• FORT WAYNE – President Trump’s completion of his four-year term may depend upon two things: The Republicans maintaining control of Congress, and being on good terms with fellow Republicans. Recently, those things aren’t going so well. Certainly no Democrats are going to bail him out. He can divide his supporters but there are no signs of adding any new ones. Some discussion of the history of impeachments provides insight about the arguments that continue to unfold. A few things are very clear. No vice president that survived a presidential impeachment went on to win a presidential election. Vice Presidents Andrew Johnson, Gerald Ford, and Al Gore never won at the national level post-impeachment. It isn’t impossible that Vice President Pence could win nationally should President Trump be impeached, but he would be an American original. It is also clear that Trump threats of retribution at critics will have no impact on his potential of being impeached. If the Democrats win control of Congress, threats against them will only strengthen them among their base.
  • FORT WAYNE – As kids, my sister Nancy and I sorted returnable pop bottles at our family’s general store for 35 cents a day. It may not seem like much, but I could purchase a box of baseball card packs for about $1.75, which is where my money went. My parents tried to lure me away from baseball obsession by offering to pay half of any non-fiction, non-sports books I purchased. Early business acumen led me toward history and political books. But our family was in the furniture business, not politics or baseball. So my dad decided to pay me a dollar for each motivational record I’d listen to.  Things like “Acres of Diamonds” and “Think and Grow Rich.” The real money bomb was an entire album of KISS talks: “Keep It Simple Stupid.” The U.S. Navy originated the phrase to stress that simplicity should be the goal in design and unnecessary complexity should be avoided. My dad had been a naval officer so obviously was attracted to the idea. Me, not so much. My good friend Steve Largent used to joke that if you asked Souder what time it was, he told you how they built the watch.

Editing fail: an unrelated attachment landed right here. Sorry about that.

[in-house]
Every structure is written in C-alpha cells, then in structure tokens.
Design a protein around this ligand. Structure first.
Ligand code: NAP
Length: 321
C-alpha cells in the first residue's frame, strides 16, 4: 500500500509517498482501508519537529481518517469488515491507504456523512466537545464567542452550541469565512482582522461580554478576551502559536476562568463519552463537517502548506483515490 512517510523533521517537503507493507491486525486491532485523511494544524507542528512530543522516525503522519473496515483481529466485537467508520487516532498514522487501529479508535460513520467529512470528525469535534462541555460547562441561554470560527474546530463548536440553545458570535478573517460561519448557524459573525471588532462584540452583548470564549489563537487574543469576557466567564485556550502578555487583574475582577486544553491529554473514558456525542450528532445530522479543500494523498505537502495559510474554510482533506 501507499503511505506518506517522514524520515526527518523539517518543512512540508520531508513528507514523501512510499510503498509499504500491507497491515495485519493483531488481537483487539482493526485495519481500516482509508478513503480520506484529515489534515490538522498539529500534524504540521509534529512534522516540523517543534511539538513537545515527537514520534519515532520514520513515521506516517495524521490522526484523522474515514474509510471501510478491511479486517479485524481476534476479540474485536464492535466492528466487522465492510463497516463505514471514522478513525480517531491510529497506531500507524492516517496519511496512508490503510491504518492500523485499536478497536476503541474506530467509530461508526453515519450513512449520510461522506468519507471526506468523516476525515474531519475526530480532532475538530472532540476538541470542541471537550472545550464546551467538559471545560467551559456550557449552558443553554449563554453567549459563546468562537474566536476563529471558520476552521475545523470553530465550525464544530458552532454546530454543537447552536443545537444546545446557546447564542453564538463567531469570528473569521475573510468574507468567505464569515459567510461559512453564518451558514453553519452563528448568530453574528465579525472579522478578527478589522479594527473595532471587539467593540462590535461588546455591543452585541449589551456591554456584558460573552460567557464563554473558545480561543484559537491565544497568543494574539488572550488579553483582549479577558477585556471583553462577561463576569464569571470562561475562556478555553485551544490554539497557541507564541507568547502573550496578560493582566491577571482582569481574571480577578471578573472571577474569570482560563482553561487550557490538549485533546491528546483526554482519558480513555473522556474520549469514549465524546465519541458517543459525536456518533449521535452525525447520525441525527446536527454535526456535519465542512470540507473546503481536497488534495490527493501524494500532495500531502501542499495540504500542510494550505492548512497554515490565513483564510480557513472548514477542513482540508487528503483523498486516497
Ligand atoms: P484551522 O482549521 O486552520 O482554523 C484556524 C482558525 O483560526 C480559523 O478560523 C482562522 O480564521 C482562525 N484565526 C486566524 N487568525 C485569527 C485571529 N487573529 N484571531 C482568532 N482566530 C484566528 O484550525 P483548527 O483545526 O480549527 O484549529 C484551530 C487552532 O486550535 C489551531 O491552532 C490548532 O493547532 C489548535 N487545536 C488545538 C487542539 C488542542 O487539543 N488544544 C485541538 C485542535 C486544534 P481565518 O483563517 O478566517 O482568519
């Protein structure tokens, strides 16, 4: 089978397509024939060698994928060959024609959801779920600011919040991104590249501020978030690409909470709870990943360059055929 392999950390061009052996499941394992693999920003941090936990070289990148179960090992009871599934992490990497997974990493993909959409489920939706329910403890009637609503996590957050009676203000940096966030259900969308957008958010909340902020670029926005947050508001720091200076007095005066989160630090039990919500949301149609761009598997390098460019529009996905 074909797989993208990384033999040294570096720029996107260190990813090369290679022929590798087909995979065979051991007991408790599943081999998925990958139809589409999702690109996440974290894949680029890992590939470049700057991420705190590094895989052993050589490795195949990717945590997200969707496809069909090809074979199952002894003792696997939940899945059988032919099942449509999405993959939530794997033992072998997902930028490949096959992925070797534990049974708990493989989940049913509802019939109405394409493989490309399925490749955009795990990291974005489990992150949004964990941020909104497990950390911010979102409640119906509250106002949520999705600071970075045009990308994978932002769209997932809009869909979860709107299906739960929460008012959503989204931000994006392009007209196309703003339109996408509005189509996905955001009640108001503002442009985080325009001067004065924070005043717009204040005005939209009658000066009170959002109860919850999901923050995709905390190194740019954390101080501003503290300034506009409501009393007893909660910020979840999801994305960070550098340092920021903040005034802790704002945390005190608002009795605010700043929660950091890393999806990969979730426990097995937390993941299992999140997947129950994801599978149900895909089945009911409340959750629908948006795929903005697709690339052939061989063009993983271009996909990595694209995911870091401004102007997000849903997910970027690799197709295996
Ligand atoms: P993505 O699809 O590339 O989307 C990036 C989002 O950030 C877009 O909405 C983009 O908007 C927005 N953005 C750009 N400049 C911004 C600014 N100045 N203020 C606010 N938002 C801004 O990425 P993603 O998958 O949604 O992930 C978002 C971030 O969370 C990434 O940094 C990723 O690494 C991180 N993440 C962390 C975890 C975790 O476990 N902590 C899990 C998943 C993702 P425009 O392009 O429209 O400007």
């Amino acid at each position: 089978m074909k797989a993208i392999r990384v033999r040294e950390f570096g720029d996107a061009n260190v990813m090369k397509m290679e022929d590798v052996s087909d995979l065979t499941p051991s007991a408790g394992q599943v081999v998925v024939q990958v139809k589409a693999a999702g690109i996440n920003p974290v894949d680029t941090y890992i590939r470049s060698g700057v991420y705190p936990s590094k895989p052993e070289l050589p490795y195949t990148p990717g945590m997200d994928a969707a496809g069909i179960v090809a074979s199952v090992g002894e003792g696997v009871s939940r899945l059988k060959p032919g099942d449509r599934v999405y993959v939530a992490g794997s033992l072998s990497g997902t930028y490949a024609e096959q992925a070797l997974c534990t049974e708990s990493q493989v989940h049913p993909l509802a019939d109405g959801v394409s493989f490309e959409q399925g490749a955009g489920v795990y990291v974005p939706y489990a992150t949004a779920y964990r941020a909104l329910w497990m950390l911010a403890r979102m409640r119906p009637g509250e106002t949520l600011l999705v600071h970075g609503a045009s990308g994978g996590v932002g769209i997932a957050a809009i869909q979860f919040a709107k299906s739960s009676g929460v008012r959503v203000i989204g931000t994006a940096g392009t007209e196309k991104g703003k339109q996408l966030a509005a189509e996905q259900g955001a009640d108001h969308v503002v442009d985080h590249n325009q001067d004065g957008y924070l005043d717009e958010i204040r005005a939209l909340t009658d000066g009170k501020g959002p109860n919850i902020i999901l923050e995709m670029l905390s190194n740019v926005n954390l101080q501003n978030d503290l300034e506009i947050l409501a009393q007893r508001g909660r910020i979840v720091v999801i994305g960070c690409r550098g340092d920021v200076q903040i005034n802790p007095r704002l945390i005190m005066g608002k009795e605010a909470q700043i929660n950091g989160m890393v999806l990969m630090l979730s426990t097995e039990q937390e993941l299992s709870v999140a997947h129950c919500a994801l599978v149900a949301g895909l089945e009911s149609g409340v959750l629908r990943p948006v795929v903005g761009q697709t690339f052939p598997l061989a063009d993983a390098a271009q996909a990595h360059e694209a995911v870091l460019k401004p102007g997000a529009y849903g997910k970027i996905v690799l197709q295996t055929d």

• FORT WAYNE - Another special congressional election. Another Republican victory. More pained analysis from liberal commentators and Democrat analysts. What in the world is wrong with the stupid voters: don’t they understand that President Trump and the congressional Republicans are about to destroy the entire world?  If not by next week, at least don’t bank on being able to celebrate Labor Day. The initial “lessons learned” analysis of Karen Handel’s 5.2% victory by the national figures who don’t wish the Republicans well is very encouraging to conservatives and Republicans. The lessons the liberal Democrats have learned is, apparently, nothing whatsoever. 1) They wanted to reduce expectations, to stop taking victory laps before the people voted. But in the 6th CD of Georgia that was difficult. Money wasn’t the question. It was the most expensive congressional race in American history. Familiarity and name identification for the Democrat candidate was not the problem. So much for the money excuse. 2) Turnout wasn’t the problem. Special elections usually are low turnout affairs. Not this one. Furthermore, early voting occurred in extraordinary numbers. The Democrats were disappointed with the narrow margin among early voters for their candidate. They were supposed to have a huge enthusiasm edge. Whoops.